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    Genetic Link to Lupus

    More Than a Dozen Different Genes May Play a Role in Causing Lupus
    By
    WebMD Health News
    Reviewed by Louise Chang, MD

    Oct. 19, 2009 -- At least a dozen or more genes may help explain what causes lupus, according to two new studies.

    Researchers have identified 12 genetic variants that are associated with an increased risk of systemic lupus erythematosus (SLE), the disease commonly referred to as lupus.

    Lupus is an autoimmune disease in which the body’s natural defense system attacks itself. The disease targets the joints, skin, and other organs of the body.

    The exact cause of lupus is unknown, but researchers have long suspected that genetics play a role because the disease is more common in some ethnic populations than others and also tends to run in families.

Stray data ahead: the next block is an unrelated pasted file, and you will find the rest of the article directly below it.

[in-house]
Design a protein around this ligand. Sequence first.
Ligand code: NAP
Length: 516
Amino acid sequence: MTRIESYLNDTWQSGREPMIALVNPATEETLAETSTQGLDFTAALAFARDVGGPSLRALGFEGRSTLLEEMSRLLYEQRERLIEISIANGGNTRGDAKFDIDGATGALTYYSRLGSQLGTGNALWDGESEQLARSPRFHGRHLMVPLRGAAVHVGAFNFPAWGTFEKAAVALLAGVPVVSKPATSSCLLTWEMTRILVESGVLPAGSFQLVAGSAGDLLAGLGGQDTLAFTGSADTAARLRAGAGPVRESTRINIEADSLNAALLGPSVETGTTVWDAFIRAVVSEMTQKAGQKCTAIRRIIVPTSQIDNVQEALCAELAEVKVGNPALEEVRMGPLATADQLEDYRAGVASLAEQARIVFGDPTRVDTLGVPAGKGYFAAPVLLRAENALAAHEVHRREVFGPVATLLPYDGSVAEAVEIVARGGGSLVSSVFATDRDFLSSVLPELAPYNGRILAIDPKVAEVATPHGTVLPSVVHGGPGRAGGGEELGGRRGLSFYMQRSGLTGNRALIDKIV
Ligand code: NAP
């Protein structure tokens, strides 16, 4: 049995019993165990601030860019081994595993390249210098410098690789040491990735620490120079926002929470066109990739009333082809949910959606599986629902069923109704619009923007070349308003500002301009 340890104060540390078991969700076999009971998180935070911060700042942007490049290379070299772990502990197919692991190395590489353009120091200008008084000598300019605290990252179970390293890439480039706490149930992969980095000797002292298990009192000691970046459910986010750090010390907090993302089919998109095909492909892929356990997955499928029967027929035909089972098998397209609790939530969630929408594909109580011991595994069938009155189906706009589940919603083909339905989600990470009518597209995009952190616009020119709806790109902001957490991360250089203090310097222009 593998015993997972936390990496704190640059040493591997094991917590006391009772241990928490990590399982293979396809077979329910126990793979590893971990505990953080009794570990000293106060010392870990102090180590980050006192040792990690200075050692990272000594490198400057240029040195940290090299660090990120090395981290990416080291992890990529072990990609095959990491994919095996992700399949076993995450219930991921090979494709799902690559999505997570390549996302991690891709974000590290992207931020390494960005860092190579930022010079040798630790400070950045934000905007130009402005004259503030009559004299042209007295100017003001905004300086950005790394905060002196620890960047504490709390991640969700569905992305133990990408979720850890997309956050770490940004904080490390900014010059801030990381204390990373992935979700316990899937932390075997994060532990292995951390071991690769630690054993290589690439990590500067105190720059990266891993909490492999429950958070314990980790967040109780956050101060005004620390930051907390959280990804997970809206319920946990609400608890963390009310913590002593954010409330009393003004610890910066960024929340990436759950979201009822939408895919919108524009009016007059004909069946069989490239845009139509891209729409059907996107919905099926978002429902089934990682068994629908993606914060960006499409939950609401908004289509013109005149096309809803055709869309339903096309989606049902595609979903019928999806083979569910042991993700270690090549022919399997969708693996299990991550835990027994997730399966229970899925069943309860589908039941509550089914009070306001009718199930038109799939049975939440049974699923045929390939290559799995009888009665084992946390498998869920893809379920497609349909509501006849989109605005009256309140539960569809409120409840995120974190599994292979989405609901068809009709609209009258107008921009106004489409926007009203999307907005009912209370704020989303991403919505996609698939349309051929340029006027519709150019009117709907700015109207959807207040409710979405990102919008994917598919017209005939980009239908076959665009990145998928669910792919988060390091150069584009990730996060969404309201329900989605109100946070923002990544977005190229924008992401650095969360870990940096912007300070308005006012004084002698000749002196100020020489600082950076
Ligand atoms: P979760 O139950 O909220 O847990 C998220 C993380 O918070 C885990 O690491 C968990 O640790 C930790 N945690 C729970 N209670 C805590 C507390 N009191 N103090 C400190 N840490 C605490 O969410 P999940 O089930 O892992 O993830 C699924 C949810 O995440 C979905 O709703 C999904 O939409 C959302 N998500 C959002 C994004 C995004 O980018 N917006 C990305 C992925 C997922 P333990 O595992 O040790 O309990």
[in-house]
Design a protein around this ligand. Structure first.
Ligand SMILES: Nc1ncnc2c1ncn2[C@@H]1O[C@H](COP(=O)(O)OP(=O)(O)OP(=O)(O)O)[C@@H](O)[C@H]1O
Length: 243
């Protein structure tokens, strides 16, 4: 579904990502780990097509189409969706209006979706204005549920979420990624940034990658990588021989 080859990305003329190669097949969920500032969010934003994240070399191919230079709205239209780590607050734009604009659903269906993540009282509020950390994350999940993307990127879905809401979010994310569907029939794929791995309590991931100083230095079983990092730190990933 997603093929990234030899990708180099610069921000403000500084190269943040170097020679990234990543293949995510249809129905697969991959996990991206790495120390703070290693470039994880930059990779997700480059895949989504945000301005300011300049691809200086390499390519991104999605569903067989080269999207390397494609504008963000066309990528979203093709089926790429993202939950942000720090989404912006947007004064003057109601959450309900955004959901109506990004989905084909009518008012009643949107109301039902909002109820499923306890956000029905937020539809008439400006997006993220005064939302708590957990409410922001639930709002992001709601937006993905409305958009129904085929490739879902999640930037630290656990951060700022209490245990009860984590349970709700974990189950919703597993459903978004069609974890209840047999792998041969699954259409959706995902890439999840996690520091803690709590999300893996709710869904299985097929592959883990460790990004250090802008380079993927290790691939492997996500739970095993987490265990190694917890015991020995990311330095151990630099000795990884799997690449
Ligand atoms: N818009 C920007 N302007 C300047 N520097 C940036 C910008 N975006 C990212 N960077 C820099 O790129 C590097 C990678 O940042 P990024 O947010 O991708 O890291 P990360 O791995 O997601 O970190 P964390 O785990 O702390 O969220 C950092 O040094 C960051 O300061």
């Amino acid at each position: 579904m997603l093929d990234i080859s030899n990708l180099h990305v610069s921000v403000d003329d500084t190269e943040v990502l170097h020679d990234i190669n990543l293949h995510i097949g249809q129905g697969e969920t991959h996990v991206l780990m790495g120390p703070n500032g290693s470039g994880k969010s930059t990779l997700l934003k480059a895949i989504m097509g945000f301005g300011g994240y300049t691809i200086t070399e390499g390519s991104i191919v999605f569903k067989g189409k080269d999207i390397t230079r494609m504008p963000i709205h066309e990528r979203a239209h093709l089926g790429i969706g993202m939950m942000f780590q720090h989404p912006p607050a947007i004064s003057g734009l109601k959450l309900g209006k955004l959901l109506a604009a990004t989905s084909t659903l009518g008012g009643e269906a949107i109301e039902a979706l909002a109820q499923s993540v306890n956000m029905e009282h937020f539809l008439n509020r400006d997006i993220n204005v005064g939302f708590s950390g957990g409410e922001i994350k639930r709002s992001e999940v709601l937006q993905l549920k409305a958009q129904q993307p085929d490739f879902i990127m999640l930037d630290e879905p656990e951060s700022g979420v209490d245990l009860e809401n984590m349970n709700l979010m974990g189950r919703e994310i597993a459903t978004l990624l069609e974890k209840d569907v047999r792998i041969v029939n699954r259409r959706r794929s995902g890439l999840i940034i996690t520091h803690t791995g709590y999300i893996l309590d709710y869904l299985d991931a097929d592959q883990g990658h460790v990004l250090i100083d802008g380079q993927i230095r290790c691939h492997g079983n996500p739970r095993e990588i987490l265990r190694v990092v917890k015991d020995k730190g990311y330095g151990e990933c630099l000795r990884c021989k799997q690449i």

Genetic Link to Lupus

    In the first of two separate studies, published in Nature Genetics, researcher Vesela Gateva of Genentech in South San Francisco and colleagues compared genetic markers in 1,923 people with lupus and 4,329 healthy people.

    They found five genes that were associated with an increased risk of systemic lupus erythematosus.

    In the second study, Jian-Wen Han of Anhui Medical University in Anhui, China, compared potential genetic markers for lupus in 1,047 Chinese patients with SLE and a comparison group of 1,205 healthy Chinese adults.

    Their results confirmed seven previously reported genes for lupus as well as identified nine new genes associated with an increased risk of lupus. Two of those genes overlapped with the five found by Gateva’s group for a total of 12 new potential genetic markers for lupus.

    Researchers say the presence of these genes, together with environmental and lifestyle factors, such as sunlight, stress, hormones, cigarette smoke, and certain infections, may all play a part in what causes lupus.

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